The anguish won't end for the family of Vicky Bowman-Hall when 18-year-old Michael Richard Swanson stands up in an Iowa courtroom Thursday and pleads guilty to first-degree murder and robbery.

But family members will be spared the agony of a trial, of reliving every detail of the night when the St. Louis Park teenager shot Bowman-Hall, 47, in the face and left her to die on the floor of the Crossroads convenience store in Algona, Iowa.

Most of the family doesn't want a trial, Jillian Bowman, 23, one of Bowman-Hall's 11 children, told the Des Moines Register on Tuesday. She, however, had hoped that a trial would help her finally come to terms with her mother's death.

"I know [the murder] happened, but it still doesn't feel like it's final or real," she told the Register. "I still feel like my mom's still here. I think about it every day."

Bowman-Hall, 47, was Swanson's first victim on Nov. 15. After shooting her about 9:05 p.m., he got back in the Jeep Grand Cherokee he'd stolen from his parents, drove about 25 miles and walked into the Kum and Go station in Humboldt, Iowa, about 10 p.m. There, he robbed and shot Sheila Myers, 61.

Last month, a jury took less than an hour to reject the defense argument that Swanson, who was 17 at the time of the killings, was insane and convict him of first-degree murder in Myers' death. That crime in Iowa carries a mandatory life sentence without the possibility of parole.

A judge will hand down that sentence to Swanson on Thursday morning. That afternoon, Swanson has told prosecutors, he will plead guilty to first-degree murder and robbery charges in Bowman-Hall's death. He will request immediate sentencing at that hearing, said Kossuth County Attorney Todd Holmes.

Defense attorney Chuck Kenville could not be reached for comment.

Swanson's second trial was scheduled to begin July 27 in Lyon County.

Bowman said she doesn't think Swanson's expected guilty plea means he's taking responsibility for his actions, but she doesn't blame his family for the murders.

"I don't feel like he's owning up to anything. I think he just didn't want to go through another trial because he knows he's pretty much finished," she said.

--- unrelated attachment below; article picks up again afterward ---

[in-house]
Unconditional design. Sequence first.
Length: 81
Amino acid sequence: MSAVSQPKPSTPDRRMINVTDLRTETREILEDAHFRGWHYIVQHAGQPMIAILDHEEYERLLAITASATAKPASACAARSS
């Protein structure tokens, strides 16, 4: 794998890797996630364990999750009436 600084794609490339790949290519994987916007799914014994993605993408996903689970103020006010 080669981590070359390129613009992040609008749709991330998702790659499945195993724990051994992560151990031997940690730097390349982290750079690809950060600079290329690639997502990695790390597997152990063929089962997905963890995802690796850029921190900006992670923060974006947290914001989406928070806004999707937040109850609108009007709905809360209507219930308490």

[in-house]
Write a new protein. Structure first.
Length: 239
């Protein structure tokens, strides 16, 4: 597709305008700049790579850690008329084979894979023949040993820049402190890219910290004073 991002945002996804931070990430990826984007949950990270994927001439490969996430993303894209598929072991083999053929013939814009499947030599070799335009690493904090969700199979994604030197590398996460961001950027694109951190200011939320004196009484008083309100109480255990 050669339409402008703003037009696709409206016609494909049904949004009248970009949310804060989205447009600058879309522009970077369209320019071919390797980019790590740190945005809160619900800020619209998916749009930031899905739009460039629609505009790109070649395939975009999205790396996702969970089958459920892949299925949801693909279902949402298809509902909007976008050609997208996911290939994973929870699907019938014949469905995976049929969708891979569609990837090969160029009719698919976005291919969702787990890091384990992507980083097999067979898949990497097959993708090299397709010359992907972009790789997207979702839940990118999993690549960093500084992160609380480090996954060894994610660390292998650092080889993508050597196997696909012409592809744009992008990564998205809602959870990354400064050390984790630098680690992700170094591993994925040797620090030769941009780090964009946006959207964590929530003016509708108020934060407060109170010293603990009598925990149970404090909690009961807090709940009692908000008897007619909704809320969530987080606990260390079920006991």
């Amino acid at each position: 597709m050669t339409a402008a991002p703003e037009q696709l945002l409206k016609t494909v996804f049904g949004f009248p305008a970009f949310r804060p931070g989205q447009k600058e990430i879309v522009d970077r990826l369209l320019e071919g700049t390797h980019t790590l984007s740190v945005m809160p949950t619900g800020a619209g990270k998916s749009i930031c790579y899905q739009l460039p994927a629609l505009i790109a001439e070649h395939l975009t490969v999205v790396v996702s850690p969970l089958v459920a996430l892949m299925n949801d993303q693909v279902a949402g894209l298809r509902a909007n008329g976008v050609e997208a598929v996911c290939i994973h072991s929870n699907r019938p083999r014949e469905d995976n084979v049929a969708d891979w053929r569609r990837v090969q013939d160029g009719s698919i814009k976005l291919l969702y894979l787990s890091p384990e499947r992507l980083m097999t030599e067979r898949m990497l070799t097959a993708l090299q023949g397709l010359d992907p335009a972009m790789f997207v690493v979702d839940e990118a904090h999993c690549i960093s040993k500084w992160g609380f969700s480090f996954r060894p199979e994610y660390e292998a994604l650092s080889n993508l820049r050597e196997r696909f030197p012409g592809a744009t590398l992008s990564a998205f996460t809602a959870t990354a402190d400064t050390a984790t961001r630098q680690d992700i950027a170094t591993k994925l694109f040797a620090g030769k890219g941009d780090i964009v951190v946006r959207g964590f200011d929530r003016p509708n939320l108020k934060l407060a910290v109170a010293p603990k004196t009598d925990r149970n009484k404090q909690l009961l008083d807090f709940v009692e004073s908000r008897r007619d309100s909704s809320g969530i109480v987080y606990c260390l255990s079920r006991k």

Jurors at his first trial watched a two-hour videotaped interview with Iowa investigators in which Swanson calmly told how he stole his mother's Jeep and credit cards, headed north to a family cabin in Bigfork, Minn., and then south to Iowa. He smoked cigarettes and sipped a soda as he flatly described the crimes to an Iowa detective.

In each town, Swanson walked into a convenience store, pointed a gun at the clerks and demanded cigarettes and money. Each of the women handed over the goods. He shot each one in the face.

His mother, Kathleen Swanson, testified at his first trial that she and her husband had tried for years to get help for their son. From the very beginning, she said, they knew something was wrong.

Swanson was only 11 when a psychiatrist told her that he was a lost cause and needed to be locked up. His grandmother, his aunt and even his own mother, feared he was going to hurt them -- and he usually admitted thinking about it.

But always, it seemed, Swanson was caught before someone got hurt. Until Nov. 15.

"I felt powerful. I just didn't care," Swanson told the Iowa investigator about shooting the women. "My adrenaline was going good. I just felt like, 'Well, sometimes people get shot.'"

Star Tribune staff writer Pat Pheifer, the Des Moines Register, the Associated Press and staff writer Abby Simons contributed to this report.